II. Assessing the Monitoring Mission
The Mission’s credibility has been clouded by a number of factors including its lack of transparency. The criteria for selecting Arab League monitors have not been communicated nor has any information been made available regarding their relevant experience in monitoring, leading to serious concerns about their expertise. The Mission’s interim report presented on January 8 has not been made public and the Arab League has not shared information about the Mission’s methodology and composition.
The appointment of Gen. Mohammed Ahmed al-Dabi, a former head of Sudan’s military intelligence, an intelligence agency well known for serious abuses in Sudan, as its chief has also called the Mission’s credibility into question.
Further, the Mission has relied on the Syrian government for security and to transport monitors around the country, compromising the Mission’s independence and ability to access victims and witnesses without putting them in danger.
Our research suggests that the Syrian government has taken a number of steps to interfere with the work of the Mission. For example, Human Rights Watch has documented what seem to be efforts by the Syrian government to deceive the Arab League monitors by transferring hundreds of detainees to improvised holding centers at military sites that are off limits to Arab League observers. Authorities have also issued police identification cards to military officials apparently in order to give the impression that military forces have, under the agreement with the Arab League, withdrawn from civilian areas. Syria also appears to be violating its pledge under the agreement to protect people who communicate with the monitors from reprisal. For example, a resident of the Mo`adamiyeh neighborhood in Damascus told Human Rights Watch on January 3 that after she and her friend spoke to Arab League monitors on January 1, security forces detained her friend on January 2.
In light of these findings, we urge the Arab League to publicly release the Mission’s final report and to specifically report on whether the Syrian government is complying with the protocol and whether and how the Syrian government is interfering with the work of the Mission. The Arab League should determine whether its monitors have been able to independently and effectively monitor Syria’s compliance with the Arab League plan, and this determination should be transparent for it to be credible.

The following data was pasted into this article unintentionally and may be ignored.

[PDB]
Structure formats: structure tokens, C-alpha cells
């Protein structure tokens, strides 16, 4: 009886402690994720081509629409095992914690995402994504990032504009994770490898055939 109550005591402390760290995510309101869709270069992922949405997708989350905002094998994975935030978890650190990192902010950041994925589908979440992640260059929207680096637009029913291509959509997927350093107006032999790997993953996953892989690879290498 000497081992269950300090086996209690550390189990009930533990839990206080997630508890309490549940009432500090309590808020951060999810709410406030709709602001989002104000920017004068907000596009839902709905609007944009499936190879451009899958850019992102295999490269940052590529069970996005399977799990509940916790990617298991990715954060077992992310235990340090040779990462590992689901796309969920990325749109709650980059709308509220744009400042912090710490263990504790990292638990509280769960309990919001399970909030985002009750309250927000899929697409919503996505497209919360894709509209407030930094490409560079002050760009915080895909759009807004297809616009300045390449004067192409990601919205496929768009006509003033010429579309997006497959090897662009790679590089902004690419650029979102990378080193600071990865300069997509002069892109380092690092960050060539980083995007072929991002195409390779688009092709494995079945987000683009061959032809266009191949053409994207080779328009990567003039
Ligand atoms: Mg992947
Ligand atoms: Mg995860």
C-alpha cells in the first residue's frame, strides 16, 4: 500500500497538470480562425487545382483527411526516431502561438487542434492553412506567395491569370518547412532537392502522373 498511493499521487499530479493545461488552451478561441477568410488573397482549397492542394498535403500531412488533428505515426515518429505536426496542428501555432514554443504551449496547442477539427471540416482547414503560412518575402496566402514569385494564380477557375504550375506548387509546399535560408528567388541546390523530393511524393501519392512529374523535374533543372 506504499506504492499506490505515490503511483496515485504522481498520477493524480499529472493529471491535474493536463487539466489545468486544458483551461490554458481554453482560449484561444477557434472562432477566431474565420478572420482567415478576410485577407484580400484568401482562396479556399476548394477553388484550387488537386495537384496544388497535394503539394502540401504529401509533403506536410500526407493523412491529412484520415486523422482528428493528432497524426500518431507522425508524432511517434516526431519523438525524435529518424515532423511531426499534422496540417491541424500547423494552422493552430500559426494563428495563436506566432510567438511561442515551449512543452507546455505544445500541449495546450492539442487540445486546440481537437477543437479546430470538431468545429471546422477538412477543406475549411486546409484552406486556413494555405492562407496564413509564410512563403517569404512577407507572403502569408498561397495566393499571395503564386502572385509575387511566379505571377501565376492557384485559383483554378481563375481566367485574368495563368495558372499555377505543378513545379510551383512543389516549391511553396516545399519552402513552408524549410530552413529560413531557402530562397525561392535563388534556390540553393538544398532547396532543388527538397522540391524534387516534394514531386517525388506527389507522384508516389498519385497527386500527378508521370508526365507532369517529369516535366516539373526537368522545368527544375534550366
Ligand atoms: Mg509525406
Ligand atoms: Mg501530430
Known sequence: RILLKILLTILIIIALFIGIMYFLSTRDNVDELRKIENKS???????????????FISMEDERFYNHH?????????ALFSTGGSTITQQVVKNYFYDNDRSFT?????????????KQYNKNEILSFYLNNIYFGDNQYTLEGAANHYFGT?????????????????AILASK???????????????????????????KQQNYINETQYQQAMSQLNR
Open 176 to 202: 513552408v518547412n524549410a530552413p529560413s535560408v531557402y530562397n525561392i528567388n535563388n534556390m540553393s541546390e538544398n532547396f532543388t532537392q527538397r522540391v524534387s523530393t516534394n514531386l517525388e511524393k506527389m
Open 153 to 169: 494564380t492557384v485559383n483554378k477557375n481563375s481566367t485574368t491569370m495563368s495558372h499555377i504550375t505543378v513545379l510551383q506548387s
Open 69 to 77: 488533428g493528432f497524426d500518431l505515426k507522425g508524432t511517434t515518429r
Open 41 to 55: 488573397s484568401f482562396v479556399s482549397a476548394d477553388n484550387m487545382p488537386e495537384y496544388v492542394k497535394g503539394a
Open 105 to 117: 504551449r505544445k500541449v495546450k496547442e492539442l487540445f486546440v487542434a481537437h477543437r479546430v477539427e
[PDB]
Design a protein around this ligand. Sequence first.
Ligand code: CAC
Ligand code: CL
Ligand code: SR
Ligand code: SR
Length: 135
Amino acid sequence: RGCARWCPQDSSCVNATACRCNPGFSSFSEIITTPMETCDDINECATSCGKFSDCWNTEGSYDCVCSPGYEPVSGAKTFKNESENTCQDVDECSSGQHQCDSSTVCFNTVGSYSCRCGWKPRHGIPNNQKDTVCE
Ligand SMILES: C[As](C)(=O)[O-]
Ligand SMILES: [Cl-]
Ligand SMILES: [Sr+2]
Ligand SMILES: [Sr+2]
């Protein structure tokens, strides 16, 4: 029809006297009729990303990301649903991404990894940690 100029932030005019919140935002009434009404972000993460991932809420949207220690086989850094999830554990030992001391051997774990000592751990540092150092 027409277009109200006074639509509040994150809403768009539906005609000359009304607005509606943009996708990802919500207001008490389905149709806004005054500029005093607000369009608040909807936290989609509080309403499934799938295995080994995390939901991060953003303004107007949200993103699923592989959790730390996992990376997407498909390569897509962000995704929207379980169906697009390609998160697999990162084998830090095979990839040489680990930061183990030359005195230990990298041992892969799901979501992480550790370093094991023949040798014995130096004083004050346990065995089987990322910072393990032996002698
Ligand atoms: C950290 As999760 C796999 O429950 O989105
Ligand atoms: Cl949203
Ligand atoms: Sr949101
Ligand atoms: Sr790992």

If the monitors have not been able to operate independently and effectively, and the League cannot guarantee their effectiveness, then it should consider whether its monitoring mission can serve a useful purpose.
If the Mission is to continue, we urge the Arab League to request that the UN Security Council call on the Syrian government to cooperate with the Mission. Regardless of whether the monitoring mission continues, as long as the human rights violations continue, the Arab League should work with the Security Council to (i) impose an arms embargo on Syria, (ii) impose sanctions against the individuals responsible for grave violations, (iii) demand unhindered access for humanitarian missions, foreign journalists, and independent human rights organizations, (iv) call on the Syrian government to cooperate with the Office of High Commissioner for Human Rights (OHCHR) in establishing a human rights monitoring presence in Syria, and (v) refer Syria to the International Criminal Court (ICC).
We respectfully submit these findings and recommendations to the Arab League Ministers in the hopes of assisting in the important work of your monitoring mission. I look forward to discussing these matters with you in the near future.
With highest regards,
Human Rights Watch